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Of Interest

Of Interest

Savvy Soil Conservation Pioneer

The fact a dust storm from the Great Plains rolled through Washington, DC just as Hugh Hammond Bennett (April 15, 1881 – July 7, 1960) was testifying before a Congressional committee in 1935 was no accident.  He knew the great Dust Bowl storm was on its way and he knew that it would provide dramatic proof of the urgent need to pass the bill creating the Soil Conservation Service (now the Natural Resources Conservation Service).  Hugh Hammond Bennett was not just a brilliant scientist.  He had the oratorical talent and political savvy to make things happen.


After graduating from the University of North Carolina, Bennett started his career as a Soil Surveyor for USDA studying declining crop yields. He foresaw the economic impact it would have on rural America.  In 1928 he co-authored the influential USDA Bulletin titled, Soil Erosion:  A National Menace.  He continued to spread his message on the dangers of soil erosion, bringing it to the attention of the American public by writing articles for publication in popular magazines and making inspirational speeches.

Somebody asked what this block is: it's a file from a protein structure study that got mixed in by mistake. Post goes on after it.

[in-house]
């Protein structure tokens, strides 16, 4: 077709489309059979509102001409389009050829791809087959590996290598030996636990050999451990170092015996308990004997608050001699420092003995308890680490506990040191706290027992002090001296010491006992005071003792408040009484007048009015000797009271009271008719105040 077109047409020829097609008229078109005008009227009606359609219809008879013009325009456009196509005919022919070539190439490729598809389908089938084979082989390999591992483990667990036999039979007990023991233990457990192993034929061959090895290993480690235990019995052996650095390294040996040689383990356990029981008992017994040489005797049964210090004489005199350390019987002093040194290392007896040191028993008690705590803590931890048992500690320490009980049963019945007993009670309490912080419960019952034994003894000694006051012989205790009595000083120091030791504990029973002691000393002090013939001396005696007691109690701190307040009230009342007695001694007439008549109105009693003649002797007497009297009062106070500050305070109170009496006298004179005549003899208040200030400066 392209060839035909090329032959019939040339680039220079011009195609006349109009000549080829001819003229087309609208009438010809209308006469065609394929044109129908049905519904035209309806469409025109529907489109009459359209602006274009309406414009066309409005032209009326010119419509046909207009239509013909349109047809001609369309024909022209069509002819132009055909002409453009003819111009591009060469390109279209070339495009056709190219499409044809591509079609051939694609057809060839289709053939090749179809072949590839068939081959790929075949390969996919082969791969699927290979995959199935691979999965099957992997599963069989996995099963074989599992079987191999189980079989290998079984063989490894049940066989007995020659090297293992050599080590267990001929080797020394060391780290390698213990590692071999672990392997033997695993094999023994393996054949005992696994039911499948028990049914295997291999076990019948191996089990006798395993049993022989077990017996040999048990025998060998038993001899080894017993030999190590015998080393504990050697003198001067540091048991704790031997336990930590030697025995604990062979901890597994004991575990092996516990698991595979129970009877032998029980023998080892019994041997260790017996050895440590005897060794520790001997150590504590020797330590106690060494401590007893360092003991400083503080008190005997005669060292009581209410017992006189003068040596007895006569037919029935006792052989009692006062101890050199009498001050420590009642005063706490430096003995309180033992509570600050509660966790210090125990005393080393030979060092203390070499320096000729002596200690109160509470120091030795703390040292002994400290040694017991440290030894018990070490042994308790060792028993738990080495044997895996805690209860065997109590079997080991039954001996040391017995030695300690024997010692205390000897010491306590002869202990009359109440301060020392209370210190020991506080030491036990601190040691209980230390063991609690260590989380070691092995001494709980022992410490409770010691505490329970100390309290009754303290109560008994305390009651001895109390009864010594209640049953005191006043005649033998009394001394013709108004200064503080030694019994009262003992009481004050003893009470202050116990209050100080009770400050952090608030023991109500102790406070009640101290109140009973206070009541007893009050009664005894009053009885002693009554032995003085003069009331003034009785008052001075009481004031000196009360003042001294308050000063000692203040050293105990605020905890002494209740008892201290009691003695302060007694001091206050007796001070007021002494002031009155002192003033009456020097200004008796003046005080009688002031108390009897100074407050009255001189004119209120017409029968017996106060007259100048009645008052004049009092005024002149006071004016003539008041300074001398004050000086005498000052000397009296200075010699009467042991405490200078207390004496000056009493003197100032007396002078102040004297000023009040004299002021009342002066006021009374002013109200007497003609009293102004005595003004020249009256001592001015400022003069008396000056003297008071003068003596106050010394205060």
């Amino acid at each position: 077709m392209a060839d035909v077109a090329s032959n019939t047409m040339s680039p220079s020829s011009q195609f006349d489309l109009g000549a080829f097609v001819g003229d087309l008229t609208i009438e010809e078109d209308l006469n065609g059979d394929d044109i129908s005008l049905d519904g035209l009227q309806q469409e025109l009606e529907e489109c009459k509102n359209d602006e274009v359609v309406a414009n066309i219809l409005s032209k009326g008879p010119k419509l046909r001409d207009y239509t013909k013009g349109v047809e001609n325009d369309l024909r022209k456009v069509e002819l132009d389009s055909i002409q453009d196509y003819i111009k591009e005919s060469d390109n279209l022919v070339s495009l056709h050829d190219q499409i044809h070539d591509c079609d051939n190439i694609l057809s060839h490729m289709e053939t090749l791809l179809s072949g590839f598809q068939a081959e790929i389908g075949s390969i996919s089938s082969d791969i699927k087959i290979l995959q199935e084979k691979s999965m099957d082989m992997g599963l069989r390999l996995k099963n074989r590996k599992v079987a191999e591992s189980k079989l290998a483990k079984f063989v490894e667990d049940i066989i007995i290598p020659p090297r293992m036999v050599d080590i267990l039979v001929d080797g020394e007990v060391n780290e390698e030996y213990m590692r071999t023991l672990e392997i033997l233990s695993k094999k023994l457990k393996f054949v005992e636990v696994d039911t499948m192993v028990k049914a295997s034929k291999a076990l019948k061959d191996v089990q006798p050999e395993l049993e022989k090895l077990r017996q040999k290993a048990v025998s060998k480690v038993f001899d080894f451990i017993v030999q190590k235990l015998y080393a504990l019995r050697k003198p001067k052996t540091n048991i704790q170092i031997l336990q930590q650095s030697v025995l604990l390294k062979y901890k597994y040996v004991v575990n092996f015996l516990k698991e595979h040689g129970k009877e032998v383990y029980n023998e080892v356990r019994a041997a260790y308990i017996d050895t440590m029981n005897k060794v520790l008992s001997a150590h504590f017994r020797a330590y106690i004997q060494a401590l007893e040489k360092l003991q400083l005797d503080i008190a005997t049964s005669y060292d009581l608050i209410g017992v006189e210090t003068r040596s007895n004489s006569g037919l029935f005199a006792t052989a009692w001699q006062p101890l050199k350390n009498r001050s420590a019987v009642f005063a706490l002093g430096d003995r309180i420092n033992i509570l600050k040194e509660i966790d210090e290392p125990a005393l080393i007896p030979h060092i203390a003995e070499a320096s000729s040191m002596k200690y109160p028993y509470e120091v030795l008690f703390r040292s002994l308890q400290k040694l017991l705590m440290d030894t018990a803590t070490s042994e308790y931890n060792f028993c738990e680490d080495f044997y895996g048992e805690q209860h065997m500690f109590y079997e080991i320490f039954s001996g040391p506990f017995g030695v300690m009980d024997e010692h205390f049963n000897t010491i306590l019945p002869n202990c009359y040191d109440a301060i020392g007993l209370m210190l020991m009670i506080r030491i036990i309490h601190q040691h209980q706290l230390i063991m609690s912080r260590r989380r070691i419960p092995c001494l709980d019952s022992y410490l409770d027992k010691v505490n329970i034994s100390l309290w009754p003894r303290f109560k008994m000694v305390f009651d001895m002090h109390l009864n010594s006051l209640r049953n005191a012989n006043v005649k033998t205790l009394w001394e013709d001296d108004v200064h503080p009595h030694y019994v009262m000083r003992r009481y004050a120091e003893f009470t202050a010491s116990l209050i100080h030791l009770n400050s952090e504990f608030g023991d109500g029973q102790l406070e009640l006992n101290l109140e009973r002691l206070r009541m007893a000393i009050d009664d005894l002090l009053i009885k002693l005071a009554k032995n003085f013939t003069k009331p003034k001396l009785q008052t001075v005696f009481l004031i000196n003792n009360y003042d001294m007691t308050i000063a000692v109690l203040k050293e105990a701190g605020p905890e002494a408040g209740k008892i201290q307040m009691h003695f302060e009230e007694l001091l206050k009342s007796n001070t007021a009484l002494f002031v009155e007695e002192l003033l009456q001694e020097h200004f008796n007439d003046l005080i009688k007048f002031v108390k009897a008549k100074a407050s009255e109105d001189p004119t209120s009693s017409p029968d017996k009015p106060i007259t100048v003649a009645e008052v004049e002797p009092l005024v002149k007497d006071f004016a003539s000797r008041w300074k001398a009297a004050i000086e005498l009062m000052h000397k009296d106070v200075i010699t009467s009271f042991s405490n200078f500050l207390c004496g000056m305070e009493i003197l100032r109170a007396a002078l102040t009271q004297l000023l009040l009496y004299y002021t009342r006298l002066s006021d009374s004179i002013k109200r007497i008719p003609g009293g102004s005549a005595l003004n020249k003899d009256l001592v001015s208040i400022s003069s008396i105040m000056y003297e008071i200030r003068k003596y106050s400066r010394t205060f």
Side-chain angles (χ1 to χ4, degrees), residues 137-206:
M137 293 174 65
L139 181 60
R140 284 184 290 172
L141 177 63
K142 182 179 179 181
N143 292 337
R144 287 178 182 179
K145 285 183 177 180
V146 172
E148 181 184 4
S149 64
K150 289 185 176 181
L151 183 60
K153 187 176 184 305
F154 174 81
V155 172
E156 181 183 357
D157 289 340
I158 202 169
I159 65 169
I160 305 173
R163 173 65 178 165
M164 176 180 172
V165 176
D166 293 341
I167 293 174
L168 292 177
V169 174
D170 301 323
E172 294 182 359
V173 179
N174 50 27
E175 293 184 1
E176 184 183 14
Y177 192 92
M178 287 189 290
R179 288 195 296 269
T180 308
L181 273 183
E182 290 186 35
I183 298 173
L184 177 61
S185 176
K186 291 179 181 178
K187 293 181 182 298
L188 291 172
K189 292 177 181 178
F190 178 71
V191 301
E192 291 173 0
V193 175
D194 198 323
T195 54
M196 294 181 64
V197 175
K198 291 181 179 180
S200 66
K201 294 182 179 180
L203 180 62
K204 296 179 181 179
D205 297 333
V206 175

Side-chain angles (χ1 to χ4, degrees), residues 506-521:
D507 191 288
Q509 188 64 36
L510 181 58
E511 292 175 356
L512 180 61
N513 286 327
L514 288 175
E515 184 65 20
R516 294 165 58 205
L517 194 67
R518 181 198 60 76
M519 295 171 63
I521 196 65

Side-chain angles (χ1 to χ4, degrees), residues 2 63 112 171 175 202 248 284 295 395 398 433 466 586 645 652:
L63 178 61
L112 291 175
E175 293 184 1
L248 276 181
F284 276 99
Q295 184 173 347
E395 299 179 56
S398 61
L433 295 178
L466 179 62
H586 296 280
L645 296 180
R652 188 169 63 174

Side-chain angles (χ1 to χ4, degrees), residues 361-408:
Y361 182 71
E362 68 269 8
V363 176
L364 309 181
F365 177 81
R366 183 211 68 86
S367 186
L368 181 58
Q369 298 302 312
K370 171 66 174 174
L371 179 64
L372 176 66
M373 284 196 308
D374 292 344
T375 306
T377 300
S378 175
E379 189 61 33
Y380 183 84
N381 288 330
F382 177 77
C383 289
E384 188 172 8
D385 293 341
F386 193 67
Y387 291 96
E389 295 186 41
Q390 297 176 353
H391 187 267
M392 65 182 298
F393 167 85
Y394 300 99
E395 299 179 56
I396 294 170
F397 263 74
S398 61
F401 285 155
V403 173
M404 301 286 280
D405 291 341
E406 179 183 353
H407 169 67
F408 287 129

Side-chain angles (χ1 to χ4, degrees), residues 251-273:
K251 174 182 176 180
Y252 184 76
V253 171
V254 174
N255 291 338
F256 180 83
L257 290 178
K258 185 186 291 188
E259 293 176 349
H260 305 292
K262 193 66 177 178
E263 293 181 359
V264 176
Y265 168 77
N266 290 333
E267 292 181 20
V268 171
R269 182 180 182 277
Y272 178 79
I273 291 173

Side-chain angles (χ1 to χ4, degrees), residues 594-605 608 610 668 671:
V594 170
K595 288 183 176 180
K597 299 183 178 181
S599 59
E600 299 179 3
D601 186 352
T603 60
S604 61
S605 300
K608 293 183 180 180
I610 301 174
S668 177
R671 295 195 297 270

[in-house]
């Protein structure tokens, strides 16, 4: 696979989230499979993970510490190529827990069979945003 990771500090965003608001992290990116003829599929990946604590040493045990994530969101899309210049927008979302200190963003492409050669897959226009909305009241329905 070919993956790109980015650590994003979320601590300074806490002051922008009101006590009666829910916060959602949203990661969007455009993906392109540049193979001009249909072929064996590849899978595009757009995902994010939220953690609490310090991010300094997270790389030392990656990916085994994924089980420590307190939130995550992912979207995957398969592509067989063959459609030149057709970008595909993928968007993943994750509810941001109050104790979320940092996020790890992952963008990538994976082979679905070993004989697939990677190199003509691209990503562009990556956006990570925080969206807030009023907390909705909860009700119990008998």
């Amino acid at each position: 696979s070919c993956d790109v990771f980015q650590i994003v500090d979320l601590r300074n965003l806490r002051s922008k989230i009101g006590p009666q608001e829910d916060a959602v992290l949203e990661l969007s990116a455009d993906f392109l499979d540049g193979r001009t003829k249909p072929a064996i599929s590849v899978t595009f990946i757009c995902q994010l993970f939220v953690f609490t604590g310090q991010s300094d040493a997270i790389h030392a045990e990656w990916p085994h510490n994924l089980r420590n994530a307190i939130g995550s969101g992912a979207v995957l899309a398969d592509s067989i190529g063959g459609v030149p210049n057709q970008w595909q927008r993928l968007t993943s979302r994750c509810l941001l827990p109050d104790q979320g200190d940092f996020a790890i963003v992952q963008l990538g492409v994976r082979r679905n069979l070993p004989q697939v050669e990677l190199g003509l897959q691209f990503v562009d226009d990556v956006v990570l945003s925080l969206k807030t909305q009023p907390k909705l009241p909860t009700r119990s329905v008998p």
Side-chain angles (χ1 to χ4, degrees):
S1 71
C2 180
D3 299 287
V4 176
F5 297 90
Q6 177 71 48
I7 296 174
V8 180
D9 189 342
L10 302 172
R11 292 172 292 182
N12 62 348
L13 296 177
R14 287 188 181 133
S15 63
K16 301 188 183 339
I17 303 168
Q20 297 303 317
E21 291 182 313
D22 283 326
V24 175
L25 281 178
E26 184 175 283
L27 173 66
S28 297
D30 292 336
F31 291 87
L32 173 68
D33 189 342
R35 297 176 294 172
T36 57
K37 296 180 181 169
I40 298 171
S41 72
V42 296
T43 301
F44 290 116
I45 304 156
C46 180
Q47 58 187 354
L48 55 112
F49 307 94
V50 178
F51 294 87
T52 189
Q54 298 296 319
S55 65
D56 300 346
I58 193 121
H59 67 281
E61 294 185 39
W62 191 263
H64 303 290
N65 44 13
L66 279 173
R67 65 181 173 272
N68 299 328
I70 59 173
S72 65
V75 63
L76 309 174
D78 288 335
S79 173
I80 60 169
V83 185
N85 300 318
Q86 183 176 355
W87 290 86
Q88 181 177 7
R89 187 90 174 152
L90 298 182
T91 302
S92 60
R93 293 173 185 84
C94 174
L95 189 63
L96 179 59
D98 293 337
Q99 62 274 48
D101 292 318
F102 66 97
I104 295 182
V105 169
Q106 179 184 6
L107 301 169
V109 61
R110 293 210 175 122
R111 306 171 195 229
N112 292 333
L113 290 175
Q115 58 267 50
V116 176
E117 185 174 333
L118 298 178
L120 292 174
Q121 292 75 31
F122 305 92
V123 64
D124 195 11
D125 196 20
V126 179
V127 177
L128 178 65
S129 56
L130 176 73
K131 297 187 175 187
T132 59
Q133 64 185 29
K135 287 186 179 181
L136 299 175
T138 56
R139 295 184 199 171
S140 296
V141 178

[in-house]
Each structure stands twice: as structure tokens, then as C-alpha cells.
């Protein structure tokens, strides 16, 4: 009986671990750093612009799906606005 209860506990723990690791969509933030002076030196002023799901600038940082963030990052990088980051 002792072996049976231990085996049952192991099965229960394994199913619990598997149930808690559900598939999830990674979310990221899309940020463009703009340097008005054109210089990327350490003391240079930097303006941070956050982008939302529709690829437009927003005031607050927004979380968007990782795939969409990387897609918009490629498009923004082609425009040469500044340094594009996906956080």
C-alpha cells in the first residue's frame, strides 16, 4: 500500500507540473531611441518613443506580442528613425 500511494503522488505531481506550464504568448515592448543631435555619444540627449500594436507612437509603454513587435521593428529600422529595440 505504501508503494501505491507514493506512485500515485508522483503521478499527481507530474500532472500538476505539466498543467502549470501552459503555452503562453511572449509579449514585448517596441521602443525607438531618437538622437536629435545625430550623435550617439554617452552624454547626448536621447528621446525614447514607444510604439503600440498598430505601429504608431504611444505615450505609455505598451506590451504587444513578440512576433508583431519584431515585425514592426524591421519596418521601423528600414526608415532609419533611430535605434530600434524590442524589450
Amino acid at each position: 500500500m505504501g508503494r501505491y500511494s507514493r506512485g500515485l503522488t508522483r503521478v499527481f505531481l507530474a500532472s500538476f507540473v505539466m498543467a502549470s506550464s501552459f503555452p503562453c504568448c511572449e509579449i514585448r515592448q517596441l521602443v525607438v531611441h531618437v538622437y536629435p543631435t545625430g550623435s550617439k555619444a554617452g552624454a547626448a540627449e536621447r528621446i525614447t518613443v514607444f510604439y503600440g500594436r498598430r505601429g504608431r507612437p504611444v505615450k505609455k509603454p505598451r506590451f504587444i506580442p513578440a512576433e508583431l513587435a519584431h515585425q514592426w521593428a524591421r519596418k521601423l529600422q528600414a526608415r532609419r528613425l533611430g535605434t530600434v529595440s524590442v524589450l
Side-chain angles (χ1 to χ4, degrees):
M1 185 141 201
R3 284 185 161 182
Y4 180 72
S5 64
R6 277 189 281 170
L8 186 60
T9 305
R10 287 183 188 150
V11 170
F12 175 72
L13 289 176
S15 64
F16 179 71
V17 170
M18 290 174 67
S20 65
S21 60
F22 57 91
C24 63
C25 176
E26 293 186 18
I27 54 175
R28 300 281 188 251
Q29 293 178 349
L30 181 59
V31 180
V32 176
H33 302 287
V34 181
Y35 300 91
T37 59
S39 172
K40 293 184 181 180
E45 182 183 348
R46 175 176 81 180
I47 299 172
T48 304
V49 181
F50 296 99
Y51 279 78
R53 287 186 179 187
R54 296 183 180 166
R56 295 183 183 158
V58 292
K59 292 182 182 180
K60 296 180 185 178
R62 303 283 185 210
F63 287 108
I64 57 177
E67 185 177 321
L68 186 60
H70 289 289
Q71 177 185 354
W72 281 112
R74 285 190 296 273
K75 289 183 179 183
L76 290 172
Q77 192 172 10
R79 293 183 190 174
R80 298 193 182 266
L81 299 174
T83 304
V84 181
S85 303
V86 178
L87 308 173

His perseverance and zeal led to an appropriation in 1930 for the establishment of soil erosion experiment stations demonstrating soil conservation methods to farmers.  By 1933, Bennett had assisted in the establishment of the Soil Conservation Service in the Department of the Interior and had become its director, showing farmers soil conservation methods in watershed-based areas. 


Finally, his flair for making a point with a dust storm led to the passage of the Soil Conservation Act of April 27, 1935.  It was this bill that created the entity we know today as the Natural Resources Conservation Service and for which there was no better leader than Hugh Hammond Bennett. Bennett served as its chief until his retirement in 1951.


Information courtesy of the NRCS website/Biography of Hugh Hammond Bennett/History/NRCS.  For more information, go to http://www@.nrcs.usda.gov/about/history/Bennett.html